The morning personalities at Hot 96.9 don’t reveal much when you ask them about their success. They allow themselves some small smiles. Maybe one or two smirks.
Pebbles, the most diplomatic of the radio crew, will admit that the ratings look good, but she’s quick to add that numbers won’t change how she’ll do her job.
“I’m not sure you ever say, ‘I’m comfortable,’ ” she said.
It’s been more than four years since a major Boston radio shakeup pushed some of the city’s biggest on-air personalities — Pebbles, Ramiro, and Melissa — from Jam’n 94.5 to Hot 96.9. Their future wasn’t certain: 96.9 had changed format (from talk to music) and was essentially a brand-new station. And it’s no easy feat to get listeners to move around the dial. But their fans have followed, keeping them ahead of their old employer in the ratings.
“Boston is such a loyal market, a prideful market. They love their local personalities,” said Melissa, who, like her co-workers, only uses her radio nickname.
The morning crew and their bosses will also tell you that those ratings still matter. In the age of Spotify and podcasts, radio and its coveted drive-time hours are still bringing more than hundreds of thousands of daily listeners in Boston to the FM dial.
For more than 15 years, Pebbles was the staple of the morning show on Jam’n 94.5, what’s classified in the industry as “rhythmic contemporary,” a mix of pop, hip-hop, and R&B. She first cohosted with Balthazar, and then Ramiro Torres, starting in 2001. Melissa had been a producer, and joined as an on-air personality in the late 1990s. For many listeners, that morning show was an institution, but at the end of 2012, station owner iHeartRadio did not renew Pebbles’s or Melissa’s contracts. Ramiro was paired with a new cohost, Ashlee Feldman.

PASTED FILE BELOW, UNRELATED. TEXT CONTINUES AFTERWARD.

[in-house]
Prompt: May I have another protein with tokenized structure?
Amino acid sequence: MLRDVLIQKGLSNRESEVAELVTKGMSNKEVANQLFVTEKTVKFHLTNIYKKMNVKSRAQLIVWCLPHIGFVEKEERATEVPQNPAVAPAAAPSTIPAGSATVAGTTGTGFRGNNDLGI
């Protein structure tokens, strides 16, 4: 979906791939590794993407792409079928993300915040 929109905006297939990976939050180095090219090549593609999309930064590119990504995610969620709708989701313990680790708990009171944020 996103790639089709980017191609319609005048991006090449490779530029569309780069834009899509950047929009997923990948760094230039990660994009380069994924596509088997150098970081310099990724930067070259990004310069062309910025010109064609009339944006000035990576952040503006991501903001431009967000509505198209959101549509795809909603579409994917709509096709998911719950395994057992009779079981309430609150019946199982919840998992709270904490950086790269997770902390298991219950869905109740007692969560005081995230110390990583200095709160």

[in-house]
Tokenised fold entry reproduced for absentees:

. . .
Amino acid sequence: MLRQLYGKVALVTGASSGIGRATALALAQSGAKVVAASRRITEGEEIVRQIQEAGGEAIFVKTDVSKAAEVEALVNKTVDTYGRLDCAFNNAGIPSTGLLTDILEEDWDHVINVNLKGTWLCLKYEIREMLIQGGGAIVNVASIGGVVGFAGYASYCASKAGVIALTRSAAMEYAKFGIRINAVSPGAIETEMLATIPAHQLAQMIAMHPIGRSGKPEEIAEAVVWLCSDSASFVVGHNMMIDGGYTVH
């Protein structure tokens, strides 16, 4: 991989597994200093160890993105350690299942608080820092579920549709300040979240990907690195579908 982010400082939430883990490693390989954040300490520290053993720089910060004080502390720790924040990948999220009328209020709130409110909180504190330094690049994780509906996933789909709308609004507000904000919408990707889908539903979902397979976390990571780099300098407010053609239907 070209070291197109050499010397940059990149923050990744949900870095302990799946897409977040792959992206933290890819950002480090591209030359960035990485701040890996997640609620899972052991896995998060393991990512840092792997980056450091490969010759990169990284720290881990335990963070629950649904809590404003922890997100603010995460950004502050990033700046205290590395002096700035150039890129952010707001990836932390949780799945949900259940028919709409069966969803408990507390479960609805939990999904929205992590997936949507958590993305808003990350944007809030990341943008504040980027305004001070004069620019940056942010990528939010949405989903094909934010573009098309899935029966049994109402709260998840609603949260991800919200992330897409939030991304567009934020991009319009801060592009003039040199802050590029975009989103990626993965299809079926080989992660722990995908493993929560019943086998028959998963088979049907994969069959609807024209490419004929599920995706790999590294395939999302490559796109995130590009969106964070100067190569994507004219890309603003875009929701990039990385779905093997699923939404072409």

Pebbles and Melissa weren’t without jobs for long; Greater Media (now Beasley Media Group Inc.), which owned talk station 96.9, was already moving forward with plans to replace the format with music. Management needed big personalities to anchor the effort, so the timing of Pebbles and Melissa’s departure was perfect.
In January 2013, Greater Media announced that Pebbles had been hired. She was the first voice on the new radio station, and spent her early weeks at 96.9 communicating with every fan who messaged her, encouraging them to follow her in her new gig up the dial.
“It was a lot of talking to people online,” she said, “In the very beginning, it was a lot of social media.”
Ramiro, meanwhile, who was still at 94.5, remembers getting hate mail from listeners who were unhappy about having to choose between their favorite morning hosts.
“They thought that I did it,” he said, of Pebbles’s departure.
“He got a lot of unfair criticism for it,” Pebbles remembered, shaking her head.
Soon after the early 2013 launch of the music format on 96.9, it was clear that the morning audience was split. That February, Jam’n was still beating 96.9 with adults age 25 to 54, according to Nielsen ratings. By May, though, it had flipped, with 96.9 on top in that demo.